Skip Navigation

CURBING AGRICULTURAL SUBSIDIES TO OPEN INTERNATIONAL MARKETS

June 28, 2017
By Clark Packard

As Congress begins drafting and debating the next farm bill, policymakers should recognize how subsidies hurt farmers and ranchers and undermine trade liberalization which has boosted the fortunes of America’s agricultural sector.

"Over the last two years, free trade has been unfairly maligned by politicians on both the left and the right."  Winning politically, possibly, in truth  case for trade liberalization, particularly agricultural trade, remains as strong as ever. American farmers, ranchers and consumers benefit from trade liberalization not only because the U.S. is a net exporter of agricultural products but also because imports allow U.S. consumers to access unique foreign or otherwise seasonal agricultural products year round. While the U.S. negotiates (or renegotiates) trade deals, Congress is also beginning to the nation’s next farm bill. Subsidies distort agricultural market and ultimately undermine free trade as a result hurting American farmers, ranchers and consumers.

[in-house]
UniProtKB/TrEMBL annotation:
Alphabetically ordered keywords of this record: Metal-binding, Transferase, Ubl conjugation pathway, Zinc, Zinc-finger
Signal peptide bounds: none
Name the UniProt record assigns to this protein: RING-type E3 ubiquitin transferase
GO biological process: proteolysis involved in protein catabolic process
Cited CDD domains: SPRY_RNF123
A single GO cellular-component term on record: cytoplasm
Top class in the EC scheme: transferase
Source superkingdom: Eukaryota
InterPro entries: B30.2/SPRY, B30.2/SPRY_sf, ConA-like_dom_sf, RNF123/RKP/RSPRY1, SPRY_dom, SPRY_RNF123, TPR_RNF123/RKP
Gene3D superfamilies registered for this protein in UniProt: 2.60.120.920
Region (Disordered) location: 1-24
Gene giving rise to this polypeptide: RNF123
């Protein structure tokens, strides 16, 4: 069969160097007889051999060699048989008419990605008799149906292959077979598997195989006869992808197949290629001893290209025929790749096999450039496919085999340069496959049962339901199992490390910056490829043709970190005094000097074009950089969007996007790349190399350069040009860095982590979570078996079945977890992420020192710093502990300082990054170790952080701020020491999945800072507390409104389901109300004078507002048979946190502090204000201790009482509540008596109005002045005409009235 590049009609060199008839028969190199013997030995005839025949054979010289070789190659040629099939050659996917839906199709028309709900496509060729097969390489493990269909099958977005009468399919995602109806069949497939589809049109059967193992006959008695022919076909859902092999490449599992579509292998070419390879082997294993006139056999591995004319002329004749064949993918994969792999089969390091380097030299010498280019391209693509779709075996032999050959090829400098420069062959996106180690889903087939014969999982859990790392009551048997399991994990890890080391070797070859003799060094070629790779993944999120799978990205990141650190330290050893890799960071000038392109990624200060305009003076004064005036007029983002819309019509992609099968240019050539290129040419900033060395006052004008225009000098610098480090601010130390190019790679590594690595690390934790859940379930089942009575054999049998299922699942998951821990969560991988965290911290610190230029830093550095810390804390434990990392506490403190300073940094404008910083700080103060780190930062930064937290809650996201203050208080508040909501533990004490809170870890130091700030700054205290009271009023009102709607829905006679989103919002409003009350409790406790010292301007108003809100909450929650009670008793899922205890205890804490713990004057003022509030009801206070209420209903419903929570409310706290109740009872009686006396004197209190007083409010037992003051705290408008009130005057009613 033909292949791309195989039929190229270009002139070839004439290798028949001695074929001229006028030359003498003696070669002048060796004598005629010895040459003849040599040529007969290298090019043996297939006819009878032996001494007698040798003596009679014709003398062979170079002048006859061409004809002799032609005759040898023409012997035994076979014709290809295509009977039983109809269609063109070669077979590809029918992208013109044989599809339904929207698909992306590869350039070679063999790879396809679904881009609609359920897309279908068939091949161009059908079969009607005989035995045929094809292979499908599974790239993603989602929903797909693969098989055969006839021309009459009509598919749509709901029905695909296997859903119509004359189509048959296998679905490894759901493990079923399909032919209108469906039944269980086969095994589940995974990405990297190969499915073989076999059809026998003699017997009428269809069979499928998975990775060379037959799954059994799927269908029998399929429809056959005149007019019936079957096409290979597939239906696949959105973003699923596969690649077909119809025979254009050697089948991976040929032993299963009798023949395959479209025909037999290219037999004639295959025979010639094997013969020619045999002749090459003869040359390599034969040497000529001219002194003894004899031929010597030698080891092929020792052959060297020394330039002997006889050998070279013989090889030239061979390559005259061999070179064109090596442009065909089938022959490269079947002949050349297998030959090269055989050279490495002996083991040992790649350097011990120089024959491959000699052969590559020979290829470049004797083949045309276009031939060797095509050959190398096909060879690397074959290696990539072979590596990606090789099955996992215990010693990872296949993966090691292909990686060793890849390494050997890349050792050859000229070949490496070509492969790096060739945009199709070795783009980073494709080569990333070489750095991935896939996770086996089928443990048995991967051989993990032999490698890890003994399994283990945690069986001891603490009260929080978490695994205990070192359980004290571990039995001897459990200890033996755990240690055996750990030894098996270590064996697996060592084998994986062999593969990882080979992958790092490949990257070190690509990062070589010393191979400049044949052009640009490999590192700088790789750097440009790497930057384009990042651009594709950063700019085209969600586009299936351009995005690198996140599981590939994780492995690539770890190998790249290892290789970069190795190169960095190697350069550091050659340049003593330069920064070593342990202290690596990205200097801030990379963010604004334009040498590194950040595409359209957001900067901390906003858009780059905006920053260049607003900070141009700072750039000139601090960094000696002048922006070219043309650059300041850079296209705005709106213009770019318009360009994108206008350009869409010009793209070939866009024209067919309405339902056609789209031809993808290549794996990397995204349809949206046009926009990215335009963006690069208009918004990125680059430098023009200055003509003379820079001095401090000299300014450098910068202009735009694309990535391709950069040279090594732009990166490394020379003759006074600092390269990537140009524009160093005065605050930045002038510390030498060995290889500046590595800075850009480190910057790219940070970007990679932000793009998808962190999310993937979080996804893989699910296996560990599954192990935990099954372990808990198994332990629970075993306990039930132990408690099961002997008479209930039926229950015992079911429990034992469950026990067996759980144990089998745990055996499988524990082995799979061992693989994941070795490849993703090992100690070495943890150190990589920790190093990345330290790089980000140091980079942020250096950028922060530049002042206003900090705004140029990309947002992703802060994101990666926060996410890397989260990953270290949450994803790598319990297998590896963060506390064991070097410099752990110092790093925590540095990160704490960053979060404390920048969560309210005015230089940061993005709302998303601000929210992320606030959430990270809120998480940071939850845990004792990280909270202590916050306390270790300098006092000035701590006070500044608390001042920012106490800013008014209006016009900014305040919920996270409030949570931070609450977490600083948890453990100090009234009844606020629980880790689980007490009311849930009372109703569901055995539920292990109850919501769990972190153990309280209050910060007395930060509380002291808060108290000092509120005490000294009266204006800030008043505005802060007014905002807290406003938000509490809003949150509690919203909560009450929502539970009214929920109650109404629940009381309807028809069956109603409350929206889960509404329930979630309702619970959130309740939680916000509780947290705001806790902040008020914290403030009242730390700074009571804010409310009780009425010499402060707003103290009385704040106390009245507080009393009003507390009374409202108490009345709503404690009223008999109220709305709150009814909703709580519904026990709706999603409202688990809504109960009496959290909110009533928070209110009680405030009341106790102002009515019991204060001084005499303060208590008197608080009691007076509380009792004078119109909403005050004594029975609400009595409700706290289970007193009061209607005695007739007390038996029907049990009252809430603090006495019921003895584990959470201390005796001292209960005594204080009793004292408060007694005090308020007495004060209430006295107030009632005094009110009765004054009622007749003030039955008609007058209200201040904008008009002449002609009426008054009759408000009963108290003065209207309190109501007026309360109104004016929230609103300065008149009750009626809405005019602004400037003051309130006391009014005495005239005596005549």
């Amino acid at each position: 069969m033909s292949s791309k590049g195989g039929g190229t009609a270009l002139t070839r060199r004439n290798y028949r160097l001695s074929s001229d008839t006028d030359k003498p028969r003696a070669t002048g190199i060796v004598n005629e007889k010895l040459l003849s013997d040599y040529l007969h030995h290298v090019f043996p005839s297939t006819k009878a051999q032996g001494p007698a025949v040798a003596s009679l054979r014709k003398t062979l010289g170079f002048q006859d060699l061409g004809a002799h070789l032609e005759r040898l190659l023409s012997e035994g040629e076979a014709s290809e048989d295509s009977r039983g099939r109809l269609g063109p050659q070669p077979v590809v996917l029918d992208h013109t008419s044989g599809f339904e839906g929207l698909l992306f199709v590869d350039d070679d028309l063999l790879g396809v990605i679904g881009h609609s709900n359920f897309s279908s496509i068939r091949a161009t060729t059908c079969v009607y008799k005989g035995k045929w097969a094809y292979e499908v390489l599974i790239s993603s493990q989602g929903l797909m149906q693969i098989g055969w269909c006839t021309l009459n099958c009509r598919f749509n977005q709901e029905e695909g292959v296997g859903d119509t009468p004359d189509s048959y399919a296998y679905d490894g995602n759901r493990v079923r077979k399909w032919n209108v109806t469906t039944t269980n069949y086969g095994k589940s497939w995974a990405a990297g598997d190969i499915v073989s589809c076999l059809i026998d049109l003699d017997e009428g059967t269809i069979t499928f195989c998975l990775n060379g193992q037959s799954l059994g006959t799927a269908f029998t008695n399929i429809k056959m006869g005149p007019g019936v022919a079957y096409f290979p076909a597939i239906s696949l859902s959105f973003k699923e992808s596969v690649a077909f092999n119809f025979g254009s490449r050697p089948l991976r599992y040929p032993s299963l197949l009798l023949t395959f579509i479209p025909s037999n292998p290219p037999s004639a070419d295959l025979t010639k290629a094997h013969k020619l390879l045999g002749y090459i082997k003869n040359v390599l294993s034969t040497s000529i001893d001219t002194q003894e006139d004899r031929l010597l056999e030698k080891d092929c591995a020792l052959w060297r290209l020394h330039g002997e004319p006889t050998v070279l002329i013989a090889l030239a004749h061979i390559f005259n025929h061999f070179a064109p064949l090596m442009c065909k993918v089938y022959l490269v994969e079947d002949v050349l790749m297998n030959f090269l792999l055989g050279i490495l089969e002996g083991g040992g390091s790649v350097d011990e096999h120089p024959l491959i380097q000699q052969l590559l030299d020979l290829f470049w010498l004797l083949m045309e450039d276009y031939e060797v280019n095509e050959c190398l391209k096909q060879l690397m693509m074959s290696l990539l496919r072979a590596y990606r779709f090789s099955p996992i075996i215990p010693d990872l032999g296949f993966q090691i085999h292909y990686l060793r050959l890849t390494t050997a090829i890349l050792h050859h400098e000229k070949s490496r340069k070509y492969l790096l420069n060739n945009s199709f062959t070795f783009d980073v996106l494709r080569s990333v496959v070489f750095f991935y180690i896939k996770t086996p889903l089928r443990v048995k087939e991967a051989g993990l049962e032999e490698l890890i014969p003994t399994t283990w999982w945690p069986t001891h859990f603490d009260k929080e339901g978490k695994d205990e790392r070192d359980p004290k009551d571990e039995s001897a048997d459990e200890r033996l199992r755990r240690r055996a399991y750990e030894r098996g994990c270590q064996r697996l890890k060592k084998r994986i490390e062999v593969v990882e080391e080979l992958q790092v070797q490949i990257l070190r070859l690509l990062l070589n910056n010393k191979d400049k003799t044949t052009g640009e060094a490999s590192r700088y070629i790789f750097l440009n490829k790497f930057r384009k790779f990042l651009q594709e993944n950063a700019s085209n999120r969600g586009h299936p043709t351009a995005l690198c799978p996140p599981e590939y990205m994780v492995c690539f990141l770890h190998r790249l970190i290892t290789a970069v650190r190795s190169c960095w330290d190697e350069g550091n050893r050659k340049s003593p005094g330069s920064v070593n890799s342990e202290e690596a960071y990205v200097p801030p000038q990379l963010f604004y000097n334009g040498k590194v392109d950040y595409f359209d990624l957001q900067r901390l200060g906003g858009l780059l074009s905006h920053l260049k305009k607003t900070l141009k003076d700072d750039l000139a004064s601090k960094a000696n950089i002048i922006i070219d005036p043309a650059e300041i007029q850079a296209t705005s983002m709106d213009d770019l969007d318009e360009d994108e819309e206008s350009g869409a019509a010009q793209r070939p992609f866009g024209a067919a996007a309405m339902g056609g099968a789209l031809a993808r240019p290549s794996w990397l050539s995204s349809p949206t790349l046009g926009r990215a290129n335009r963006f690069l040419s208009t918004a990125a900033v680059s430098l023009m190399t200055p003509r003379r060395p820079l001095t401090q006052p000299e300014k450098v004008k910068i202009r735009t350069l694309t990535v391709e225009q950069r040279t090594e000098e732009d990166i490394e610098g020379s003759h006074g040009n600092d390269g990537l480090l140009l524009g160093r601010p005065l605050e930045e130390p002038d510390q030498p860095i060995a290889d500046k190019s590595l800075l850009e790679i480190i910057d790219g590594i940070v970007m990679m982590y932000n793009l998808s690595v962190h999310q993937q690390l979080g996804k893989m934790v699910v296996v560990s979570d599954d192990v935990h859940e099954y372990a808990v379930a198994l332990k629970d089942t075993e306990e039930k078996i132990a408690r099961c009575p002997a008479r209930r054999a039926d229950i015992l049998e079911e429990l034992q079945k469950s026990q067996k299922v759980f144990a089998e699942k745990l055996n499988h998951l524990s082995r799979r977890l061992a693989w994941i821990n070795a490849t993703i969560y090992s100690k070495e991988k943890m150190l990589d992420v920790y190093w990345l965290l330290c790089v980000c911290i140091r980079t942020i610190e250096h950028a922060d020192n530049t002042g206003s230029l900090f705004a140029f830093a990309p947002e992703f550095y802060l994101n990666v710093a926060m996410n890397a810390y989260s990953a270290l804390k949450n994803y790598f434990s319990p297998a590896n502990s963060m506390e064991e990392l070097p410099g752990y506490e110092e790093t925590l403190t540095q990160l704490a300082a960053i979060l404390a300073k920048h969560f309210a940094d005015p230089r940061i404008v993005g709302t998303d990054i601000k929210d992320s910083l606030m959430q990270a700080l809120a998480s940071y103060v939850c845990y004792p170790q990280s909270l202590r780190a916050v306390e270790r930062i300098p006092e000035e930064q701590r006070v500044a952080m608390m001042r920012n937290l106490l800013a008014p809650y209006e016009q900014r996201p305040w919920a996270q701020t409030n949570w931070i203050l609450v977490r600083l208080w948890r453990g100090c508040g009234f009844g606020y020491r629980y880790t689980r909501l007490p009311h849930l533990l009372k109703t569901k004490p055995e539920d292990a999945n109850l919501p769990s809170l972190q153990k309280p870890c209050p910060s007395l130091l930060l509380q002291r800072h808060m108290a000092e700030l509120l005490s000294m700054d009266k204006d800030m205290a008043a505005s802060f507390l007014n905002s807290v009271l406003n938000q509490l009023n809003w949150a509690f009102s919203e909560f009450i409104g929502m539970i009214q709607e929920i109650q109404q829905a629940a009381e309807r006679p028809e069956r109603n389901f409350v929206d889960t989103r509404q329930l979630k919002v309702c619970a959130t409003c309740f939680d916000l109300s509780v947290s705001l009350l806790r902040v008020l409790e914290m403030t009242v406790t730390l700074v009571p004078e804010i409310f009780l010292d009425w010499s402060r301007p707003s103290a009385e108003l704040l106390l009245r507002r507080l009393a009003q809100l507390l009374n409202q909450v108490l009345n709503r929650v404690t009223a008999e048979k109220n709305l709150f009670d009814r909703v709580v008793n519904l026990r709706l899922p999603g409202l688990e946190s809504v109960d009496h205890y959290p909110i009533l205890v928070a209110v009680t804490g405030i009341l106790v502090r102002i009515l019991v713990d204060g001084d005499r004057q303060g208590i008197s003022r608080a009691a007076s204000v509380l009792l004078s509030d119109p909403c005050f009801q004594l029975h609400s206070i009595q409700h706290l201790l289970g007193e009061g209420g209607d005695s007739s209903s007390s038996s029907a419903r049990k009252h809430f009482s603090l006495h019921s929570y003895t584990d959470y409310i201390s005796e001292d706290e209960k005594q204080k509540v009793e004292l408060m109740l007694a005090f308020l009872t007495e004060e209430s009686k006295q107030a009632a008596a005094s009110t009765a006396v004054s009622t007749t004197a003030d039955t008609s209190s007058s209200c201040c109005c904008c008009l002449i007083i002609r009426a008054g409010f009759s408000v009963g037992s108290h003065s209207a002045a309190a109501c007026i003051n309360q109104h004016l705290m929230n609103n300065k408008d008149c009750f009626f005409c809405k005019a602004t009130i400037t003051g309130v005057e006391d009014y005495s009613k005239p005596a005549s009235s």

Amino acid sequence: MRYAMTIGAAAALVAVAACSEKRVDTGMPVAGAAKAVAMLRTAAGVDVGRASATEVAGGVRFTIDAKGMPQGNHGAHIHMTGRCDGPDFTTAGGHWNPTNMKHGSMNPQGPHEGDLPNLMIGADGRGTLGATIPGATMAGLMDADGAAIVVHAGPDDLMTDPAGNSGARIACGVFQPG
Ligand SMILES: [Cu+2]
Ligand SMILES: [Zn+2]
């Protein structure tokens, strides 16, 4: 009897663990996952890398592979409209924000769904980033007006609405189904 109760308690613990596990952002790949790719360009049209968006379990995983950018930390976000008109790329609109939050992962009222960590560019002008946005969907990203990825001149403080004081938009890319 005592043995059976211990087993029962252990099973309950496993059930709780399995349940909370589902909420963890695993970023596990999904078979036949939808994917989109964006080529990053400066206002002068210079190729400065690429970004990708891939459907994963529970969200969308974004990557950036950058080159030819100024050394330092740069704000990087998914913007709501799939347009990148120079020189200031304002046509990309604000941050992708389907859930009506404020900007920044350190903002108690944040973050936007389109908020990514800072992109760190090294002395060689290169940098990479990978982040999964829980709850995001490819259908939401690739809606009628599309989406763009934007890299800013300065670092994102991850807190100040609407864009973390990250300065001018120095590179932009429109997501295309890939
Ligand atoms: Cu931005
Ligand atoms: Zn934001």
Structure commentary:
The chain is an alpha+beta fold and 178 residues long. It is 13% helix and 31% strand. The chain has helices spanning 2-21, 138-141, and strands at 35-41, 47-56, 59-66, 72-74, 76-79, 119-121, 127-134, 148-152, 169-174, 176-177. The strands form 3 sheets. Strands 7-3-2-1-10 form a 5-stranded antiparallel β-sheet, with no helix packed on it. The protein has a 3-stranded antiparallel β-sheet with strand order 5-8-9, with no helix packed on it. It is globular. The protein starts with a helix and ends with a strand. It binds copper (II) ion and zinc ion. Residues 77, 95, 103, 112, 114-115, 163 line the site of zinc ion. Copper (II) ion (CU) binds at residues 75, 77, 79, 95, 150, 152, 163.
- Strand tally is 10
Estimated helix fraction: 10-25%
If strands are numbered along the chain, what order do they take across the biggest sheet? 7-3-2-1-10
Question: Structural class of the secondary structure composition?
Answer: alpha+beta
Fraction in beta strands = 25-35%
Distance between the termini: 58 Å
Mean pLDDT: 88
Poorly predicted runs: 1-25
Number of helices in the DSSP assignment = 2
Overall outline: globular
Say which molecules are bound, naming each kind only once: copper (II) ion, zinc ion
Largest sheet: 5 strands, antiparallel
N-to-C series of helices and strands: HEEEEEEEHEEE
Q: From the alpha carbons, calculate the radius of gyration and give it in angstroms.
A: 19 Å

Article Tags
Environment
Sub-topic
Economy: Trade